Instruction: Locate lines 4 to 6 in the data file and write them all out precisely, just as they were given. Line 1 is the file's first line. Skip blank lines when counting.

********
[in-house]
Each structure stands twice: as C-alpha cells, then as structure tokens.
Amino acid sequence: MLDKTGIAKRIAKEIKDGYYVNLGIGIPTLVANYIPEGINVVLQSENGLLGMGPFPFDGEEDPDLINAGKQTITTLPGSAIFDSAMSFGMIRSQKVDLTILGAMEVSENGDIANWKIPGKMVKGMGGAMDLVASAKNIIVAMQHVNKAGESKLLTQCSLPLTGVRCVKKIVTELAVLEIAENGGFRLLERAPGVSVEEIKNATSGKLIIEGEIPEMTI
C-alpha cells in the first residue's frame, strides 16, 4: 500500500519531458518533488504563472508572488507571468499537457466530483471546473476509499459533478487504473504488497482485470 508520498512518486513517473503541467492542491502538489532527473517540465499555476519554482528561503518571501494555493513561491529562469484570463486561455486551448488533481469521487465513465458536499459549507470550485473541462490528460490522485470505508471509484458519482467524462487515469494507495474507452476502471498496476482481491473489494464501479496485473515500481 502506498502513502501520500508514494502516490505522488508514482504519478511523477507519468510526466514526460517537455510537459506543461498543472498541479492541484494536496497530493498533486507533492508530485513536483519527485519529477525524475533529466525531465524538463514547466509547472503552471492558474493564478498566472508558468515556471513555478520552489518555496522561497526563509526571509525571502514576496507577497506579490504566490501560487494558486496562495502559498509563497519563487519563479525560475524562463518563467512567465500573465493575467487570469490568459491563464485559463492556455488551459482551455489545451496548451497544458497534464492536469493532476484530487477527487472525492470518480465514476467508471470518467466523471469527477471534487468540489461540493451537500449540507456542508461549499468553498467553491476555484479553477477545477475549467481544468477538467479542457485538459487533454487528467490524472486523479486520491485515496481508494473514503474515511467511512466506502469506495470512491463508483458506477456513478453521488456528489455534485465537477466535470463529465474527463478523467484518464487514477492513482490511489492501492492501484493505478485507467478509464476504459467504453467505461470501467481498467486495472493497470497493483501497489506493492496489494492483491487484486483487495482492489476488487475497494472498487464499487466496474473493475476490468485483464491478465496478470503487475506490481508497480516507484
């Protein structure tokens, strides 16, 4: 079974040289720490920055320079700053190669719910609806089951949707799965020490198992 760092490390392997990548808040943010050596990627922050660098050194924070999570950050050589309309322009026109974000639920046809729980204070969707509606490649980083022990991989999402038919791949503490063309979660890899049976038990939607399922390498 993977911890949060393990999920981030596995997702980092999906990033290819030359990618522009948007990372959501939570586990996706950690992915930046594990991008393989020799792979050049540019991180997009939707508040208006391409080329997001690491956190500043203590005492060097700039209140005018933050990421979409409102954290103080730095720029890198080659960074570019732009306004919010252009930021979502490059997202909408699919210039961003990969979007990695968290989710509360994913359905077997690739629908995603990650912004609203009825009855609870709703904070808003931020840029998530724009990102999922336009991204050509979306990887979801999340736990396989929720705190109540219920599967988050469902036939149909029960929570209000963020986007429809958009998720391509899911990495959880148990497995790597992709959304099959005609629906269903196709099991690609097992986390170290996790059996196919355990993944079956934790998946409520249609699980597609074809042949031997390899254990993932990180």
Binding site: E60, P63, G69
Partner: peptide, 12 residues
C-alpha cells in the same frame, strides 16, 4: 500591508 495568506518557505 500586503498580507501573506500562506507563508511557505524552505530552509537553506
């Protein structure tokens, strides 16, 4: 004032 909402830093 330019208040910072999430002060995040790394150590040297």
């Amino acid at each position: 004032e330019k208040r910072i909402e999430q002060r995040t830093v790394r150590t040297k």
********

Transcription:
C-alpha cells in the first residue's frame, strides 16, 4: 500500500519531458518533488504563472508572488507571468499537457466530483471546473476509499459533478487504473504488497482485470 508520498512518486513517473503541467492542491502538489532527473517540465499555476519554482528561503518571501494555493513561491529562469484570463486561455486551448488533481469521487465513465458536499459549507470550485473541462490528460490522485470505508471509484458519482467524462487515469494507495474507452476502471498496476482481491473489494464501479496485473515500481 502506498502513502501520500508514494502516490505522488508514482504519478511523477507519468510526466514526460517537455510537459506543461498543472498541479492541484494536496497530493498533486507533492508530485513536483519527485519529477525524475533529466525531465524538463514547466509547472503552471492558474493564478498566472508558468515556471513555478520552489518555496522561497526563509526571509525571502514576496507577497506579490504566490501560487494558486496562495502559498509563497519563487519563479525560475524562463518563467512567465500573465493575467487570469490568459491563464485559463492556455488551459482551455489545451496548451497544458497534464492536469493532476484530487477527487472525492470518480465514476467508471470518467466523471469527477471534487468540489461540493451537500449540507456542508461549499468553498467553491476555484479553477477545477475549467481544468477538467479542457485538459487533454487528467490524472486523479486520491485515496481508494473514503474515511467511512466506502469506495470512491463508483458506477456513478453521488456528489455534485465537477466535470463529465474527463478523467484518464487514477492513482490511489492501492492501484493505478485507467478509464476504459467504453467505461470501467481498467486495472493497470497493483501497489506493492496489494492483491487484486483487495482492489476488487475497494472498487464499487466496474473493475476490468485483464491478465496478470503487475506490481508497480516507484
């Protein structure tokens, strides 16, 4: 079974040289720490920055320079700053190669719910609806089951949707799965020490198992 760092490390392997990548808040943010050596990627922050660098050194924070999570950050050589309309322009026109974000639920046809729980204070969707509606490649980083022990991989999402038919791949503490063309979660890899049976038990939607399922390498 993977911890949060393990999920981030596995997702980092999906990033290819030359990618522009948007990372959501939570586990996706950690992915930046594990991008393989020799792979050049540019991180997009939707508040208006391409080329997001690491956190500043203590005492060097700039209140005018933050990421979409409102954290103080730095720029890198080659960074570019732009306004919010252009930021979502490059997202909408699919210039961003990969979007990695968290989710509360994913359905077997690739629908995603990650912004609203009825009855609870709703904070808003931020840029998530724009990102999922336009991204050509979306990887979801999340736990396989929720705190109540219920599967988050469902036939149909029960929570209000963020986007429809958009998720391509899911990495959880148990497995790597992709959304099959005609629906269903196709099991690609097992986390170290996790059996196919355990993944079956934790998946409520249609699980597609074809042949031997390899254990993932990180």
Binding site: E60, P63, G69